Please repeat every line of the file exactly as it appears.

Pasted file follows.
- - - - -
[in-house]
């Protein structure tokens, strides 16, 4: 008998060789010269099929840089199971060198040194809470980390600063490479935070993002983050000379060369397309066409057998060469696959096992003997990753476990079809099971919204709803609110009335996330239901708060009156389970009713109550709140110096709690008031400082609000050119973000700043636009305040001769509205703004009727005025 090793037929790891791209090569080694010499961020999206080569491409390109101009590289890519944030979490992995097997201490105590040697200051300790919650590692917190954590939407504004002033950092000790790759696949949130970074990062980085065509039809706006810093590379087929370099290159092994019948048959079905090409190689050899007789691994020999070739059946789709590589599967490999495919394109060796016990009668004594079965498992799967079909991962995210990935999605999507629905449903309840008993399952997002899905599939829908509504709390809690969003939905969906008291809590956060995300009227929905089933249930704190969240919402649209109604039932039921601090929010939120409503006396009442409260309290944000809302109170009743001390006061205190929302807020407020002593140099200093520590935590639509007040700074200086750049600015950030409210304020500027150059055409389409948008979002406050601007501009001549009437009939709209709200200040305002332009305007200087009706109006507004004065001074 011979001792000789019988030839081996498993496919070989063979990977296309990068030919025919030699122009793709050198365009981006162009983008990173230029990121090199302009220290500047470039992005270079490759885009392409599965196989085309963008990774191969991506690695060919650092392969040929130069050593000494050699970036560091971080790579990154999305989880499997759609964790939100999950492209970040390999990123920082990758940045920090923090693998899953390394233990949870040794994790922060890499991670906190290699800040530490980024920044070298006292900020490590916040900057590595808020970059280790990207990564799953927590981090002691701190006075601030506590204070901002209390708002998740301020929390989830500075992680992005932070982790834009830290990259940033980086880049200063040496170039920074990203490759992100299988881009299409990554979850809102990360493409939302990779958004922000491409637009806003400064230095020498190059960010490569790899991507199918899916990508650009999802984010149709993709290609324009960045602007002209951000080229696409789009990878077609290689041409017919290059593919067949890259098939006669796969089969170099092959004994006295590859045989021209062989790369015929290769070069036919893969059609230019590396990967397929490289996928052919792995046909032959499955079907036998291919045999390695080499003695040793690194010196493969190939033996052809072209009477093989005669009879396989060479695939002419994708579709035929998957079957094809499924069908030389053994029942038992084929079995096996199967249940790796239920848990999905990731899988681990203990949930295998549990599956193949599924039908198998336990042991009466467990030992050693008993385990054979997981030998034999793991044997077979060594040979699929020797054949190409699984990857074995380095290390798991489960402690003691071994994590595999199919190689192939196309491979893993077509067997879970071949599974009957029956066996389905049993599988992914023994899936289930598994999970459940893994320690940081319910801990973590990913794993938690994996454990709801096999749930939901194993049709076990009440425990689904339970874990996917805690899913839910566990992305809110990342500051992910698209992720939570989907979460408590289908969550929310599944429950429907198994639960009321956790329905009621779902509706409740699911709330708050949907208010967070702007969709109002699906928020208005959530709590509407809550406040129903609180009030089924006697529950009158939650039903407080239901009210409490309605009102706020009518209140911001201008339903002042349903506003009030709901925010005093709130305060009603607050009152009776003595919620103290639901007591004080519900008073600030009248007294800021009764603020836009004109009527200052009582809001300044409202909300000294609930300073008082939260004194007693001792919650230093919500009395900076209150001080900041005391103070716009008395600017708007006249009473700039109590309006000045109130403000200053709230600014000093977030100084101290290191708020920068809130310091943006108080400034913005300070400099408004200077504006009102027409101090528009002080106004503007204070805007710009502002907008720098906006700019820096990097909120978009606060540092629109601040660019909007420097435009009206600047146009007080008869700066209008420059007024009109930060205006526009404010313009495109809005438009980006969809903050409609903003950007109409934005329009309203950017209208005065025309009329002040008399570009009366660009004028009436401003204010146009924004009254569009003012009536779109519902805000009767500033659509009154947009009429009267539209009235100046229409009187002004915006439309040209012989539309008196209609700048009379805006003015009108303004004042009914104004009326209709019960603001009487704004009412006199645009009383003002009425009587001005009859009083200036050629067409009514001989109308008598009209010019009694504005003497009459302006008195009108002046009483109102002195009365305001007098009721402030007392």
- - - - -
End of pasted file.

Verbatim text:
[in-house]
């Protein structure tokens, strides 16, 4: 008998060789010269099929840089199971060198040194809470980390600063490479935070993002983050000379060369397309066409057998060469696959096992003997990753476990079809099971919204709803609110009335996330239901708060009156389970009713109550709140110096709690008031400082609000050119973000700043636009305040001769509205703004009727005025 090793037929790891791209090569080694010499961020999206080569491409390109101009590289890519944030979490992995097997201490105590040697200051300790919650590692917190954590939407504004002033950092000790790759696949949130970074990062980085065509039809706006810093590379087929370099290159092994019948048959079905090409190689050899007789691994020999070739059946789709590589599967490999495919394109060796016990009668004594079965498992799967079909991962995210990935999605999507629905449903309840008993399952997002899905599939829908509504709390809690969003939905969906008291809590956060995300009227929905089933249930704190969240919402649209109604039932039921601090929010939120409503006396009442409260309290944000809302109170009743001390006061205190929302807020407020002593140099200093520590935590639509007040700074200086750049600015950030409210304020500027150059055409389409948008979002406050601007501009001549009437009939709209709200200040305002332009305007200087009706109006507004004065001074 011979001792000789019988030839081996498993496919070989063979990977296309990068030919025919030699122009793709050198365009981006162009983008990173230029990121090199302009220290500047470039992005270079490759885009392409599965196989085309963008990774191969991506690695060919650092392969040929130069050593000494050699970036560091971080790579990154999305989880499997759609964790939100999950492209970040390999990123920082990758940045920090923090693998899953390394233990949870040794994790922060890499991670906190290699800040530490980024920044070298006292900020490590916040900057590595808020970059280790990207990564799953927590981090002691701190006075601030506590204070901002209390708002998740301020929390989830500075992680992005932070982790834009830290990259940033980086880049200063040496170039920074990203490759992100299988881009299409990554979850809102990360493409939302990779958004922000491409637009806003400064230095020498190059960010490569790899991507199918899916990508650009999802984010149709993709290609324009960045602007002209951000080229696409789009990878077609290689041409017919290059593919067949890259098939006669796969089969170099092959004994006295590859045989021209062989790369015929290769070069036919893969059609230019590396990967397929490289996928052919792995046909032959499955079907036998291919045999390695080499003695040793690194010196493969190939033996052809072209009477093989005669009879396989060479695939002419994708579709035929998957079957094809499924069908030389053994029942038992084929079995096996199967249940790796239920848990999905990731899988681990203990949930295998549990599956193949599924039908198998336990042991009466467990030992050693008993385990054979997981030998034999793991044997077979060594040979699929020797054949190409699984990857074995380095290390798991489960402690003691071994994590595999199919190689192939196309491979893993077509067997879970071949599974009957029956066996389905049993599988992914023994899936289930598994999970459940893994320690940081319910801990973590990913794993938690994996454990709801096999749930939901194993049709076990009440425990689904339970874990996917805690899913839910566990992305809110990342500051992910698209992720939570989907979460408590289908969550929310599944429950429907198994639960009321956790329905009621779902509706409740699911709330708050949907208010967070702007969709109002699906928020208005959530709590509407809550406040129903609180009030089924006697529950009158939650039903407080239901009210409490309605009102706020009518209140911001201008339903002042349903506003009030709901925010005093709130305060009603607050009152009776003595919620103290639901007591004080519900008073600030009248007294800021009764603020836009004109009527200052009582809001300044409202909300000294609930300073008082939260004194007693001792919650230093919500009395900076209150001080900041005391103070716009008395600017708007006249009473700039109590309006000045109130403000200053709230600014000093977030100084101290290191708020920068809130310091943006108080400034913005300070400099408004200077504006009102027409101090528009002080106004503007204070805007710009502002907008720098906006700019820096990097909120978009606060540092629109601040660019909007420097435009009206600047146009007080008869700066209008420059007024009109930060205006526009404010313009495109809005438009980006969809903050409609903003950007109409934005329009309203950017209208005065025309009329002040008399570009009366660009004028009436401003204010146009924004009254569009003012009536779109519902805000009767500033659509009154947009009429009267539209009235100046229409009187002004915006439309040209012989539309008196209609700048009379805006003015009108303004004042009914104004009326209709019960603001009487704004009412006199645009009383003002009425009587001005009859009083200036050629067409009514001989109308008598009209010019009694504005003497009459302006008195009108002046009483109102002195009365305001007098009721402030007392």